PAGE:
My roof rack arrived today. Anton bought a canoe yesterday, but he hadn't had a change to try it yet. After work, I assembled my roof rack on my car, and we set off to do some paddling in the hour or so before it got dark.
This time it was Round Lake. It is pretty aptly named. It was about a twenty minute drive away. And then we had to park alongside the 55mph route 9 to access the water. I didn't realize until we were leaving that I parked under a "no parking" sign. I'm not sure if it was for the road I was on or the area down below. The sheriff behind us as we arrived didn't seem to mind. Neither did the other people parked near us.
View Round Lake in a larger map
For the first time for me, the weather was beautiful. There was an occasional cool breeze, but nothing strong. The lake was flat except for some ripples as boats zipped around. There were a handful of people fishing and some other people out in kayaks and canoes, but it is a bigger lake than I expected, and I hardly ever actually saw any of them. There is a neat little airstrip adjacent to the lake, and a few small planes took off and landed while we were there, for our amusement.
Anton picking his nose as we set off. He's really getting in there:
I don't think that's how you're supposed to use a canoe:
This is a pretty OK place to spend an evening!:
Then it got dark and we went home. Then I copied the pictures and GPS data off of my phone and wrote this.
This Friday came around, and I was thoroughly excited about going out kayaking again. I am determined to go out at least once a week, and I figured that since I am taking Fridays off, this should be no problem. Checking the weather, thunderstorms were predicted basically all weekend, with only showers on Friday morning.
Figuring that was my only chance, I strapped the kayak on my roof in my garage while it rained outside and then took off.
This weekend's venue was picked by a Mr. Plummer at work, as I randomly asked him where I should go, and his familiarity with nearby parks for the sake of hiking allowed to pick a place arbitrarily that suited my needs. Also http://www.albany.com/parks/ helped. In the future I think I will cross off parks listed there with a "boat launch" one by one.
I am worrying more and more about the effects of a boat on my car roof. I think I will invest in a roof rack soon.
There were some fun winding roads on the way to Thompson's Lake. It was just beyond Thacher Park, which is another great place to spend some time. It rained most of the way there but started to clear as I approached the lake.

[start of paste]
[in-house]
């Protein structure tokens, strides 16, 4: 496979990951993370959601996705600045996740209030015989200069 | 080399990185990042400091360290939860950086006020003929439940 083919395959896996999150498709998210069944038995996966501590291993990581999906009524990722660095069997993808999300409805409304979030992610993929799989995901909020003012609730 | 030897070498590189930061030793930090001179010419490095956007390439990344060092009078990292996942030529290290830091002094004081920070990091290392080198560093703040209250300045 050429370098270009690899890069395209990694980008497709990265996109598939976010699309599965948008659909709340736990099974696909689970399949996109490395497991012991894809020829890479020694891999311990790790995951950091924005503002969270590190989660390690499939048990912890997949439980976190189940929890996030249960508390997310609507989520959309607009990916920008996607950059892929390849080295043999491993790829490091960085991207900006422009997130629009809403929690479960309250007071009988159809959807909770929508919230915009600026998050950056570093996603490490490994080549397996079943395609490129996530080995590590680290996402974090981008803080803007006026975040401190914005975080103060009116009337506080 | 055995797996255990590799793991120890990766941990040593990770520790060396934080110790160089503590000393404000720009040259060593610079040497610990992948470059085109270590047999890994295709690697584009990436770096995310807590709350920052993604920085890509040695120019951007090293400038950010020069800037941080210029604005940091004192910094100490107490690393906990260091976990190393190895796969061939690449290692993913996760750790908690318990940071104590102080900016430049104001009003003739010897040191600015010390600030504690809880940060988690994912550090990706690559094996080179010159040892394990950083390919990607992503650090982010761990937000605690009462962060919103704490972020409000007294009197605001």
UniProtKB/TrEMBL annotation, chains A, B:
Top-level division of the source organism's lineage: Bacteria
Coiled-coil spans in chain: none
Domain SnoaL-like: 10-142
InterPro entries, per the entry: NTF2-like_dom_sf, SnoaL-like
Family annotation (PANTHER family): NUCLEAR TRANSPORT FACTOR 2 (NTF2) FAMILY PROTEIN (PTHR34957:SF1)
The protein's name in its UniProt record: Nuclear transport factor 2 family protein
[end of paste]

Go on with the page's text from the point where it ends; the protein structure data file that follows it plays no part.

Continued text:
Then it started raining again.
I paid a $7 vehicle use fee, as this was a state park. The place looked fairly nice. It was primarily a campground. I carried my kayak past a playground, small beach, and a swimming area to get to the lake, and each were populated with children and families at various times.
View Thompson's Lake in a larger map
I went around the outside of the lake, which took a little less than half an hour. I was wet at this time, but it was probably more from me splashing myself than the rain, which persisted. I made a few zig-zags of the lake to fill out almost an hour of time. Then it started to get a little windy, which was only a problem as it made me start to get cold.
I strapped the kayak back on to my car and headed home in a full downpour.
There were problems with this:
- Strapping a boat to my roof in the rain when I am starting to get cold is not fun. I am definitely willing to overlook a little bit of work for the parts of this that are fun, but I think that is too much.
- The kayak acts like a rain barrel. I was pleased it hardly filled with any water when I was on the lake, but when I took it off after I got home, it was substantially heavier.
- The straps around the kayak wicked water into my car. I was rained on the whole trip, and I worry for my car's interior.
- Some people were waving at me from inside a lodge nearby. I had half a mind to go in to dry off, but I wanted to get home badly at this point.
This week, for the third time in only a few months, I found myself without Internet access at home.
The first time, it went like this:
- The cable modem indicates no connection.
- I call Time Warner Cable.
- They tell me they shut me off, because of "leakage."
- They scheduled someone to come check things out (but they couldn't come for quite a few days...frustrating).
- They plug some measuring device into my cable, which indicates a small but apparently acceptable amount of noise.
- They remove the ground from my cable connection.
- They repeat, and the amount of noise remains the same.
- They reconnect everything, turn me back on, and figure that I was disconnected by mistake.
The second time was my fault: